Photo: Whitehawk FC

Early last month saw the announcement of a number of new signings at Whitehawk, with the addition of one name in particular instantly eye-catching. Confirmed as player-assistant manager was Adam El-Abd, a defender with over 500 professional games behind him and still most keenly associated with nearby Brighton & Hove Albion.

A promotion-winning captain at Wycombe Wanderers, the Brighton-born, seven-cap Egypt international joins Jude Macdonald’s Whitehawk having worked with the club’s Under-18s last season as part of his UEFA A Licence. Far from a local lad looking for a convenient place to quietly play out his final seasons, the vocal centre-half is out to help players and club alike make some real noise…

 

You’ve been involved in these pre-season games for Whitehawk. After such a break for everyone, and a good few months since you last played competitively for Stevenage, how have you been easing back into it?

To be honest, I think like most people during lockdown, I used it as a chance to really get myself as fit as I could. So, even though I hadn’t been football training for a long time, I used it to really concentrate on my health and fitness. It wasn’t too much of a shock to the system, although the football fitness is slightly different, with the twisting and turning. I got myself in the best possible condition I could have got myself in really and it’s held me in good stead. Last couple of games I’ve felt good, so it’s been a good pre-season and I’m looking forward to the season ahead.

The locality’s obviously great with this move, how close by are you to the club? What else specifically appealed about joining?

It’s probably a 15-20-minute drive to training and the home games, so it couldn’t be any more on my doorstep. I’ve always been quite close to the club; I’ve known the owners for a long time now, my brother (Sami) used to play, so I used to go down and watch during my time at Brighton. I’ve always liked the idea of finishing my career here and giving something back to the town, and it sounds ambitious now, but trying to get Whitehawk on the map. It’s an ambitious aim, but I’m gonna say it: trying to get two professional clubs in Brighton. The city’s big enough for two pro clubs; we’ve got one and there’s no clubs in the vicinity for a good hour’s drive. It seems like a long way off in the league we’re in at the minute (Isthmian South East) but the owners are ambitious. That’s the aim, to come here and have success. Obviously enjoy my football, be at home, so it’s great for my family life that I’m here for my kids. That’s the main thing, because my kids have suffered with me being here, there and everywhere. Now I’m at home, I can chuck myself into this project and really enjoy it, and try and work with some youngsters who wanna achieve something in the game and pass my knowledge on to them. That’s what this role’s all about.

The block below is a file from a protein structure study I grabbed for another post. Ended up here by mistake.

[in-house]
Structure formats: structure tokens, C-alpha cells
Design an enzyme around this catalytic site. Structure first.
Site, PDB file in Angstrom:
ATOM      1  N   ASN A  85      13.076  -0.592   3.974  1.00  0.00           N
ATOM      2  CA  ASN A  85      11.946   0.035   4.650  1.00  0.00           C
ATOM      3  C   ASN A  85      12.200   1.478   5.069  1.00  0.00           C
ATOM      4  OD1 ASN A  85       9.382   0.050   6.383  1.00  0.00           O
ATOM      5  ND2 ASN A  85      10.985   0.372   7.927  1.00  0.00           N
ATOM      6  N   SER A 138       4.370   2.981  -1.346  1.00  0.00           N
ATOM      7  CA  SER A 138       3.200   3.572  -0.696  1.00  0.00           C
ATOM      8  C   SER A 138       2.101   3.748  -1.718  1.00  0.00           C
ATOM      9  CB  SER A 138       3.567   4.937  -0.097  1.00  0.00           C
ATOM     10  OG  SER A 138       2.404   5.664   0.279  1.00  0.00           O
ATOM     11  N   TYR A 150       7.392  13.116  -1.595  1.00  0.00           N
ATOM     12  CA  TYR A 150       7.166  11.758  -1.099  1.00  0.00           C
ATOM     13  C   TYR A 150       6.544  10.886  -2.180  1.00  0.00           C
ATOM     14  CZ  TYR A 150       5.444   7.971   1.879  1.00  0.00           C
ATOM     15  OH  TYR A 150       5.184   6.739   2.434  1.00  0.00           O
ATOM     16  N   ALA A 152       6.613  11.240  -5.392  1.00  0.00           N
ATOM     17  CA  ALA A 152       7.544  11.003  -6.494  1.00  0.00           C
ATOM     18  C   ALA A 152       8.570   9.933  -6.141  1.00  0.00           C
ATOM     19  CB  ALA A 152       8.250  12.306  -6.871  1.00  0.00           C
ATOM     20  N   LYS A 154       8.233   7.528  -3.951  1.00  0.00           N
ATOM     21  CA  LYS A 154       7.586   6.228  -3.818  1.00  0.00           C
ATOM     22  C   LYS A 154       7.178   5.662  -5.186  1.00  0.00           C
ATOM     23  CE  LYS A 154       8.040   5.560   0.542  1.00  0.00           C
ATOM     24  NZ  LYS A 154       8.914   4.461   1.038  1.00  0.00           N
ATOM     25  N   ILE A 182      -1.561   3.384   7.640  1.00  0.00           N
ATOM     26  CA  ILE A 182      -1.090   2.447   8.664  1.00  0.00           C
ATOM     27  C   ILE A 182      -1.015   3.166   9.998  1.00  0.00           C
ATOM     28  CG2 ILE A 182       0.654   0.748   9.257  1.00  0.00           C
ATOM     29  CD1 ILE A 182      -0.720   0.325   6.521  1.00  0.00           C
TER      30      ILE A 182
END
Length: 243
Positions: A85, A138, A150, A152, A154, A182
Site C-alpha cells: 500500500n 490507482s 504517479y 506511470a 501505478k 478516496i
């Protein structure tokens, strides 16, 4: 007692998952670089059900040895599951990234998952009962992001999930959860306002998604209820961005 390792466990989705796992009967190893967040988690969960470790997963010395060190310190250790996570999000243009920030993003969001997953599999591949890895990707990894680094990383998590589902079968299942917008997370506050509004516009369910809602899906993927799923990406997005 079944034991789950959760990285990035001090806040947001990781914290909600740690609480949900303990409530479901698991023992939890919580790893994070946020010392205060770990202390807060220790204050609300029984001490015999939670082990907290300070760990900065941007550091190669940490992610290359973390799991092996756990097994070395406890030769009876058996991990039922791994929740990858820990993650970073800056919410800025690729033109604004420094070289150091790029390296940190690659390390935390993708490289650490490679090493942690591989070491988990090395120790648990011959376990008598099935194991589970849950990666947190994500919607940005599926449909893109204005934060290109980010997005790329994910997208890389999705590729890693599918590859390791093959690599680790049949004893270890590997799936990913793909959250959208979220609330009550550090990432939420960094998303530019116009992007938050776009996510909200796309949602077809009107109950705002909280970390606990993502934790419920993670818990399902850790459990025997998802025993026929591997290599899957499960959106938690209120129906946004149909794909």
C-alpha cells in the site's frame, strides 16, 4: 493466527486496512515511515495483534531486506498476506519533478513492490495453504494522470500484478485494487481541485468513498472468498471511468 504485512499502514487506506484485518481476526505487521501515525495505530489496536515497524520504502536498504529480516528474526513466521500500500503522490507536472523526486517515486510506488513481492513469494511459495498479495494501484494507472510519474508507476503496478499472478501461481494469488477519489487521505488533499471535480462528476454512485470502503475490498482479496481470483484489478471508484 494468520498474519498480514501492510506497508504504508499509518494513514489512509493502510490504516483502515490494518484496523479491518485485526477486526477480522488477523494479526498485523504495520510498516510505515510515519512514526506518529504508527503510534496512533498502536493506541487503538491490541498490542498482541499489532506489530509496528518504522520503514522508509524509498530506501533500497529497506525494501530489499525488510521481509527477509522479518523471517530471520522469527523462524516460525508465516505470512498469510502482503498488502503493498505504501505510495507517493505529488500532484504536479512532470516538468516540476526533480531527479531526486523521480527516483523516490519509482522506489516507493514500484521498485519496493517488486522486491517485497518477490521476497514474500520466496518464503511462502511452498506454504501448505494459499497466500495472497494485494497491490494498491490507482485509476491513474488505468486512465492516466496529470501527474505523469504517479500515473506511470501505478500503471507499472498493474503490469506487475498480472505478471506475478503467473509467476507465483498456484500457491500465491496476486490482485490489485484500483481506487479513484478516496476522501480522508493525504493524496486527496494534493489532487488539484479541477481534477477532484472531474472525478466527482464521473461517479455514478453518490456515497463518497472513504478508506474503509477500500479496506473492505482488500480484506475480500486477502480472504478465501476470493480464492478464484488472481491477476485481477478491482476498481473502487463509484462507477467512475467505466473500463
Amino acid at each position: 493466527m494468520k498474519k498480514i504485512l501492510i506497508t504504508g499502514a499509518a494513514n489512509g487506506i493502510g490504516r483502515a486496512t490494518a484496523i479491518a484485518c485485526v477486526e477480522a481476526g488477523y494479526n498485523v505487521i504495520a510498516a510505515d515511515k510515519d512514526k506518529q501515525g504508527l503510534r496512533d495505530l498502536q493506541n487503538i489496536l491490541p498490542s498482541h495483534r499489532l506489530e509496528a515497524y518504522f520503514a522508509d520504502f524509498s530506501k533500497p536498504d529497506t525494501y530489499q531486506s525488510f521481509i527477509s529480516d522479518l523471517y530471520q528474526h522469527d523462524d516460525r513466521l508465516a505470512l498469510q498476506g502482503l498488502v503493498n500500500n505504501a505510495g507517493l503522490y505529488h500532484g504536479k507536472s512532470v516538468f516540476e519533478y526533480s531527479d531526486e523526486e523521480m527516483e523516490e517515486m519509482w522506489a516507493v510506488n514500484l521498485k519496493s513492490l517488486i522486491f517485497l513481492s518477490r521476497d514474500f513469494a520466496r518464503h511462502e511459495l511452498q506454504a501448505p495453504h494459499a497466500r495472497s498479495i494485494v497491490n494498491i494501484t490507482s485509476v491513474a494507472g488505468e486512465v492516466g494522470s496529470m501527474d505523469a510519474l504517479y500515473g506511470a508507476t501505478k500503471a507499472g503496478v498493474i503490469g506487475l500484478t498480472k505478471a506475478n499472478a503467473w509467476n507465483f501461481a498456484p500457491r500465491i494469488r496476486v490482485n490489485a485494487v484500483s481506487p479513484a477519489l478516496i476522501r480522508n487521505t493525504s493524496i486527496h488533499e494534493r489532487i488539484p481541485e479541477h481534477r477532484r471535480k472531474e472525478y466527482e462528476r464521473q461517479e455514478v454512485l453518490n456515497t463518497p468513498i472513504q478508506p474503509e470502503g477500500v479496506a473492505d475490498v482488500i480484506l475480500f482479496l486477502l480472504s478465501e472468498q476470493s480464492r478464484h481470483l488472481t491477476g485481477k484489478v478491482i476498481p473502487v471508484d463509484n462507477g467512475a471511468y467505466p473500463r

You’re very definitely a Football League name, but you had that early loan at Bognor Regis, and your brother Sami is associated with non-league. Does that help, as opposed to someone who’s maybe dropping down after being at a higher level for years and finds it all too unfamiliar?

I used to go and watch my brother a lot for Whitehawk, a lot for Bognor. He’s at Dorking now in the Conference South and he’s had a good non-league career and I’ve watched a lot of the level. There’s some really good players down in non-league and it’s made me realise there isn’t much difference in the level, in terms of the player, but the facilities and the pitches you play on, there’s a big difference. Obviously that’s gonna be an obstacle, more a mental thing really, but that’s all part and parcel of it. Football’s football at the end of the day, it’s another challenge. Can you adapt your game if the pitches are terrible? It can only help you be more well-rounded for the future.

At Brighton, you were there through a lot of momentous times for the club. After the stadium move, with players like (ex-Spain international) Vicente coming in, Bruno as well coming from Valencia, and you as a team knocking on the door of the Premier League, what did that feel like to witness after the tougher times you’d been through as a club?

Obviously first of all, playing for Brighton, that’s my club, and very proud to have got promoted with them. We almost did it again and got promoted to the Premier League in my time there, but it was three amazing seasons at The Amex. It was literally a boyhood dream walking out with your hometown club in front of 30,000 fans. It was an incredible experience and I wish I could teleport back to those times. I chose to leave for more game time at Bristol City; it didn’t work out for me. I suppose that’s football, nobody’s got a crystal ball to know how things are gonna work out. I had great memories at Brighton and a great relationship with everybody at the club.